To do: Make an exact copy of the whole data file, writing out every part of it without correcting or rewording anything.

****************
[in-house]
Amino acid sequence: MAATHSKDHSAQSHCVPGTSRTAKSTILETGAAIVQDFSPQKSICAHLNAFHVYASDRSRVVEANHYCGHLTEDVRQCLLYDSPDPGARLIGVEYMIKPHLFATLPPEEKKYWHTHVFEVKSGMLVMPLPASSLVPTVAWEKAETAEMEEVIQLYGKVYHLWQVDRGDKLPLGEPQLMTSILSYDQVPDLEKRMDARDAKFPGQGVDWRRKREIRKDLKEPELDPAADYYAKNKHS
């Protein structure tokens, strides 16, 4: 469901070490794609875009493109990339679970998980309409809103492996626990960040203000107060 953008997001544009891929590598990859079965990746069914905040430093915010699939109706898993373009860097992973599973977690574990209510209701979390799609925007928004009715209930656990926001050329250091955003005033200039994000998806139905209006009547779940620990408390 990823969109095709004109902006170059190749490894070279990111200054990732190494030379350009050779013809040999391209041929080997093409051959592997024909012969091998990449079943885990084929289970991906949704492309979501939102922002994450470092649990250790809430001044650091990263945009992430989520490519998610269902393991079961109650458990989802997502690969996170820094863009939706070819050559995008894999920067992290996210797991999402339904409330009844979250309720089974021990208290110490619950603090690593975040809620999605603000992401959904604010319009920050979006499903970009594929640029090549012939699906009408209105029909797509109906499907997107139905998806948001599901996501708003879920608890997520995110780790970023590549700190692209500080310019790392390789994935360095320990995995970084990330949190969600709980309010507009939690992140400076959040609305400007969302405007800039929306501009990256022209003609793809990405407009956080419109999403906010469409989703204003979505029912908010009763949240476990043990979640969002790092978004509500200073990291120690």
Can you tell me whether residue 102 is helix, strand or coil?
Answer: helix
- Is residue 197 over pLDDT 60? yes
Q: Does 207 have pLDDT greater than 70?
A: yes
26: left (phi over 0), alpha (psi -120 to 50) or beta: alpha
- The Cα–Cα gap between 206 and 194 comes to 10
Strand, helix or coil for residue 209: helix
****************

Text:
[in-house]
Amino acid sequence: MAATHSKDHSAQSHCVPGTSRTAKSTILETGAAIVQDFSPQKSICAHLNAFHVYASDRSRVVEANHYCGHLTEDVRQCLLYDSPDPGARLIGVEYMIKPHLFATLPPEEKKYWHTHVFEVKSGMLVMPLPASSLVPTVAWEKAETAEMEEVIQLYGKVYHLWQVDRGDKLPLGEPQLMTSILSYDQVPDLEKRMDARDAKFPGQGVDWRRKREIRKDLKEPELDPAADYYAKNKHS
């Protein structure tokens, strides 16, 4: 469901070490794609875009493109990339679970998980309409809103492996626990960040203000107060 953008997001544009891929590598990859079965990746069914905040430093915010699939109706898993373009860097992973599973977690574990209510209701979390799609925007928004009715209930656990926001050329250091955003005033200039994000998806139905209006009547779940620990408390 990823969109095709004109902006170059190749490894070279990111200054990732190494030379350009050779013809040999391209041929080997093409051959592997024909012969091998990449079943885990084929289970991906949704492309979501939102922002994450470092649990250790809430001044650091990263945009992430989520490519998610269902393991079961109650458990989802997502690969996170820094863009939706070819050559995008894999920067992290996210797991999402339904409330009844979250309720089974021990208290110490619950603090690593975040809620999605603000992401959904604010319009920050979006499903970009594929640029090549012939699906009408209105029909797509109906499907997107139905998806948001599901996501708003879920608890997520995110780790970023590549700190692209500080310019790392390789994935360095320990995995970084990330949190969600709980309010507009939690992140400076959040609305400007969302405007800039929306501009990256022209003609793809990405407009956080419109999403906010469409989703204003979505029912908010009763949240476990043990979640969002790092978004509500200073990291120690």
Can you tell me whether residue 102 is helix, strand or coil?
Answer: helix
- Is residue 197 over pLDDT 60? yes
Q: Does 207 have pLDDT greater than 70?
A: yes
26: left (phi over 0), alpha (psi -120 to 50) or beta: alpha
- The Cα–Cα gap between 206 and 194 comes to 10
Strand, helix or coil for residue 209: helix